My notion of identity has varied from a psychological construct that is formed over time (Maslow, Hoffer) to an interactive neural network of agents (Minsky) to a stage in an interactive rhetorical process (Kenneth Burke). This latter process of identification is currently of most interest to me. Burke’s categories of identification can be described as follows:

Intelligent beings have a symbolic understanding of themselves and of each other, and share knowledge through positively aligning their personal symbol-systems with the symbol-systems of others. Kenneth Burke calls the process of creating agreement based on meaning consubstantiation.

Another way that individuals can identify with one another is through agreement of purpose, such as in the process of anti-thesis, or “…the creation of identification among opposing entities on the basis of a common enemy” (192).

A final type of identification involves the intentional but indirect application of sympathetic symbols in order to favorably predispose the audience to the rhetor, and thus to the otherwise unrelated symbols presented along with the sympathetic ones.

Burkean Rhetoric


2 thoughts on “Identification

  1. This is very interesting! I don’t know Burke (yet) but I should certainly agree about the shared symbols – it’s my own model of education, conveying common sets of associations (schemata) for the symbols of the culture that is to be shared (starting with words, which are symbols).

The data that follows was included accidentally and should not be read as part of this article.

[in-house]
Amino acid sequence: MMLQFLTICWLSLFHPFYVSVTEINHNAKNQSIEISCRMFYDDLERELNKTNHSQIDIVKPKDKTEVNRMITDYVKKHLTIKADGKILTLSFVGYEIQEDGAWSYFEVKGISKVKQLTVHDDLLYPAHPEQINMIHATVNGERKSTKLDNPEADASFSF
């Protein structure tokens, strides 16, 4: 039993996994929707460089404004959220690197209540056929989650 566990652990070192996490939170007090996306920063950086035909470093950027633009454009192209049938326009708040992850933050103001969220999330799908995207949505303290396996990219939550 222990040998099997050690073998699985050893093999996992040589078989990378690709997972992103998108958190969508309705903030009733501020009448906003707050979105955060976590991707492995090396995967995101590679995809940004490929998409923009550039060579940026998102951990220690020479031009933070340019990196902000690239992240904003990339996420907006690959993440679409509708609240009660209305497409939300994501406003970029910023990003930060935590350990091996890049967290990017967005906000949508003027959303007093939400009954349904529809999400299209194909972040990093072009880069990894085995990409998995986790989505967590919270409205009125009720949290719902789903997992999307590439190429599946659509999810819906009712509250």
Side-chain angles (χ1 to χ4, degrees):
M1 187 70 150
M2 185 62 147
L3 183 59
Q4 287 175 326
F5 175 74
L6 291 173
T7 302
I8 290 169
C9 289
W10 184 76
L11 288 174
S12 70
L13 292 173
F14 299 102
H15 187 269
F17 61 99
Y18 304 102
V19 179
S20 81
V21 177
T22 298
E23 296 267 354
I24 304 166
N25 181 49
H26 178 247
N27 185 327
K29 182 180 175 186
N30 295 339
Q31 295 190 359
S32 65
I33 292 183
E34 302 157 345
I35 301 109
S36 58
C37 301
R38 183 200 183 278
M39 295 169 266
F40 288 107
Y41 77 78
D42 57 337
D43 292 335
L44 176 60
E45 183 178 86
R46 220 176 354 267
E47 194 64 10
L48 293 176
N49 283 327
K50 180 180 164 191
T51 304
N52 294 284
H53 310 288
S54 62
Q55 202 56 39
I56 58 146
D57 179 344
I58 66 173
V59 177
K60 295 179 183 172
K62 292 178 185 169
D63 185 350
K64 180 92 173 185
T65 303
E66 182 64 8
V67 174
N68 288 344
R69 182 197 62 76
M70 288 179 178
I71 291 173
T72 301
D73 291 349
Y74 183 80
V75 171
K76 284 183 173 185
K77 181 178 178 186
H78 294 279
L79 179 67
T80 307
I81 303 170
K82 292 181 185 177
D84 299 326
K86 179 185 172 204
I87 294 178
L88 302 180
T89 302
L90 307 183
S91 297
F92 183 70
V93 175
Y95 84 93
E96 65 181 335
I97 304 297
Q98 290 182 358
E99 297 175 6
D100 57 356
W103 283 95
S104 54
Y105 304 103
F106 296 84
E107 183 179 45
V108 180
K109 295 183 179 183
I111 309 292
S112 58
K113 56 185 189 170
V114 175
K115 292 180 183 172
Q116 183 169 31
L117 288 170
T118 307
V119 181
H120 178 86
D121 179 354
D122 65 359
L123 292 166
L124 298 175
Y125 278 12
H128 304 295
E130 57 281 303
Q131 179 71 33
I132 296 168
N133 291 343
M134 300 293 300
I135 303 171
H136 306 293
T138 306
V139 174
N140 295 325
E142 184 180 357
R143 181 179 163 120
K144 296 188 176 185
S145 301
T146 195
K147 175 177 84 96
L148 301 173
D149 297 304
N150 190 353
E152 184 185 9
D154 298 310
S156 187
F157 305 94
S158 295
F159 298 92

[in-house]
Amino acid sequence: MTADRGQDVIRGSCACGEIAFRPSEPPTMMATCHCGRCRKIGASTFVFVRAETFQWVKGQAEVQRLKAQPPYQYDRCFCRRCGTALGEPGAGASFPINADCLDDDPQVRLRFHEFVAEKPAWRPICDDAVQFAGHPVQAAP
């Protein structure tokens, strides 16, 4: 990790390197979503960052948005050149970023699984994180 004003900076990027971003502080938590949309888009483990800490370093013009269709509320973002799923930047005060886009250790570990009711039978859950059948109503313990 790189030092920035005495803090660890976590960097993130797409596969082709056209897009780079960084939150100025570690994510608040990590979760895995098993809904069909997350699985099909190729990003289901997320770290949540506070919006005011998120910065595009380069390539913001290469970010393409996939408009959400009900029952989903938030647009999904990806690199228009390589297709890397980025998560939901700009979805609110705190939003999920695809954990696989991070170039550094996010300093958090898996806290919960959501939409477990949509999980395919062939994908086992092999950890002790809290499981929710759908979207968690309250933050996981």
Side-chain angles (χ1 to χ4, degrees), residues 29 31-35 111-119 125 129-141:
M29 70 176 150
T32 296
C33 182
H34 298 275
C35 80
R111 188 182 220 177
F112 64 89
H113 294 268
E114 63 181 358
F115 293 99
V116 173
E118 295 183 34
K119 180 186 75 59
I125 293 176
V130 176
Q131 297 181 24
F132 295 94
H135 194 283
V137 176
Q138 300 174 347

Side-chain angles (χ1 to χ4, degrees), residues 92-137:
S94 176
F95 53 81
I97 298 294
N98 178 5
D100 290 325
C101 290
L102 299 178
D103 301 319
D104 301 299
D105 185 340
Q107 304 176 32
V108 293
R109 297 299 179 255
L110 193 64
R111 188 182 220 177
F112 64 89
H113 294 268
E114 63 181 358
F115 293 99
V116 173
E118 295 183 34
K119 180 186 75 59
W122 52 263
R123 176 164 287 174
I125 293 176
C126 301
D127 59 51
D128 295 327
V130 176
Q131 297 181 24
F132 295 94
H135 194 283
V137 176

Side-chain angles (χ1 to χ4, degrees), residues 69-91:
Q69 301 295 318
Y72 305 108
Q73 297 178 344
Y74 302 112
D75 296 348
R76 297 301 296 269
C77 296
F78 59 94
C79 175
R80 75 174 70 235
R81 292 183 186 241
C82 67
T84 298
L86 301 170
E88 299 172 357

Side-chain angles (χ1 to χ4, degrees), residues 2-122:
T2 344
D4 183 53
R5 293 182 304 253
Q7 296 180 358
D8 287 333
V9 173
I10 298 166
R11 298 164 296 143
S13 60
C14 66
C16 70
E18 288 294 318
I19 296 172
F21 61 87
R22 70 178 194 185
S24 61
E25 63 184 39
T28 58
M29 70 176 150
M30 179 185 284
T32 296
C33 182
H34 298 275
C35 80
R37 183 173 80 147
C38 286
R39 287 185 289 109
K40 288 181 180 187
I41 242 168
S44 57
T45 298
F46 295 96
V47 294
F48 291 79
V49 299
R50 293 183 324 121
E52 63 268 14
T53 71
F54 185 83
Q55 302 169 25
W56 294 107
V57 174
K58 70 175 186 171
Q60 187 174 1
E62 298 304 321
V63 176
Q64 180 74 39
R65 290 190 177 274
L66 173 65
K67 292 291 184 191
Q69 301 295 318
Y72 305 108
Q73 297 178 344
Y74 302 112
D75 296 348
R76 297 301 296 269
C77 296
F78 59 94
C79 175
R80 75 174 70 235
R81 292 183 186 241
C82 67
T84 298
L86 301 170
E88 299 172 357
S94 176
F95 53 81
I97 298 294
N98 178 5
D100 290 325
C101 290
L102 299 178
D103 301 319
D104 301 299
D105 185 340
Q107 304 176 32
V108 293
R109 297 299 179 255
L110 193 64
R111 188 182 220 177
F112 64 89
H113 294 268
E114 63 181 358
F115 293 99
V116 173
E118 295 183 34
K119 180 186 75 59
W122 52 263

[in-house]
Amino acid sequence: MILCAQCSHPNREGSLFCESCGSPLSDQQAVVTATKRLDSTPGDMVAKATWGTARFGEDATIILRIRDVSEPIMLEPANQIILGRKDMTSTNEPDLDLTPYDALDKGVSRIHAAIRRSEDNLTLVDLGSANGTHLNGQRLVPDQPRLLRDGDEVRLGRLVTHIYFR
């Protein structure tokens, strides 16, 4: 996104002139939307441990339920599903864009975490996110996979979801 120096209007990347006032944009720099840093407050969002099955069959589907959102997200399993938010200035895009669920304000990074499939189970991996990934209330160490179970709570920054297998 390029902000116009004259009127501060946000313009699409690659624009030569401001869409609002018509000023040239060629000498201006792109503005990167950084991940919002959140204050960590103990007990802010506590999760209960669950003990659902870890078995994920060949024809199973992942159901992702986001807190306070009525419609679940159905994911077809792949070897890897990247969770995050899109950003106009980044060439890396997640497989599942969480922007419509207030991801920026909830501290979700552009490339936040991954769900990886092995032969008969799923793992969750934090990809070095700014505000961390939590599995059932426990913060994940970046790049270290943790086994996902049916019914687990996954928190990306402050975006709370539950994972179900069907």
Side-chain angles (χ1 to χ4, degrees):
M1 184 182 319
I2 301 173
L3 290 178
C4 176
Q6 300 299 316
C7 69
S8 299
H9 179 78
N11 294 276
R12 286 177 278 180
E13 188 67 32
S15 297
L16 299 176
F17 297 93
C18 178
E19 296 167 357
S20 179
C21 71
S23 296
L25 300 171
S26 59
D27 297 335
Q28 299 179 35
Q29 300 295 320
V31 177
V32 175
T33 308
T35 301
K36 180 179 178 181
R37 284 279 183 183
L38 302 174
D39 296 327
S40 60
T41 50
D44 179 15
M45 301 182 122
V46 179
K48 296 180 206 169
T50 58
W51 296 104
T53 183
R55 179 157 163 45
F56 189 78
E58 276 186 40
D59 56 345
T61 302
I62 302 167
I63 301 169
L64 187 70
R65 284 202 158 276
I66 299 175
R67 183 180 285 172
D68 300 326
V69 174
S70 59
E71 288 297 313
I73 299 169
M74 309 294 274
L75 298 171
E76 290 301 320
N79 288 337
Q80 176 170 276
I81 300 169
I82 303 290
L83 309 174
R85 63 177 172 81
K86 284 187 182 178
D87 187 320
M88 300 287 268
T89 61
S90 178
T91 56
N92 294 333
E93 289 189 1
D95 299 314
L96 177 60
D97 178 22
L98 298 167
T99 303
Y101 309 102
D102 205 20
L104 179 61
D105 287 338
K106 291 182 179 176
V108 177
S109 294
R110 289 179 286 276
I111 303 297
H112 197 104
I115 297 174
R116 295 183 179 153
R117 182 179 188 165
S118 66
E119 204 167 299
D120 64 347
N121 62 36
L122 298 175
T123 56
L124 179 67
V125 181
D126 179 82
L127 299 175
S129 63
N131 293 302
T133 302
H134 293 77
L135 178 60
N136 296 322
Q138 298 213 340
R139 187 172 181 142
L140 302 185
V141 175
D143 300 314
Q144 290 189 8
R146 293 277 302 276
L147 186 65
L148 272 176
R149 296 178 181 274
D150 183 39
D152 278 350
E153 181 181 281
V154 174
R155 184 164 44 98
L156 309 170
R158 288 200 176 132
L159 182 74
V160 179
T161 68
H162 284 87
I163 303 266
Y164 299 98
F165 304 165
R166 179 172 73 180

So the identity/affinity part can be understood as a Gestalt thing, i.e. setting up a symbol-pattern that the audience latches on to and completes for themselves (law of Praegnanz, tension impels completion of the task).

    Put thus it is value-free and emotion-free. Regarding these two I do like Maslow, or at least what I got about him from some teacher training I did.

    Anyway, I’d better leave off this ill-informed pontificating, but I’ll certainly look up Burke.

  2. Most students of Kenneth Burke would say that The Philosophy of Literary Form is his most accessible book, although The Rhetoric of Hitler’s “Battle” is perhaps the best known essay. I haven’t engaged with other Burkeans in several years, so I’m a little rusty on his terminology; but I can recall that his notion of identification strongly influenced me.

    I should add that The Meaning of Persons (Paul Tournier) and Class (Paul Fussell) were also helpful for me in conceptualizing identity. As a Brit, you would likely find Class to be very funny in its description of American social identity.

    Here is an upcoming Burke conference, if you happen to be in Belgium next year:

Instigate some pointless rambling

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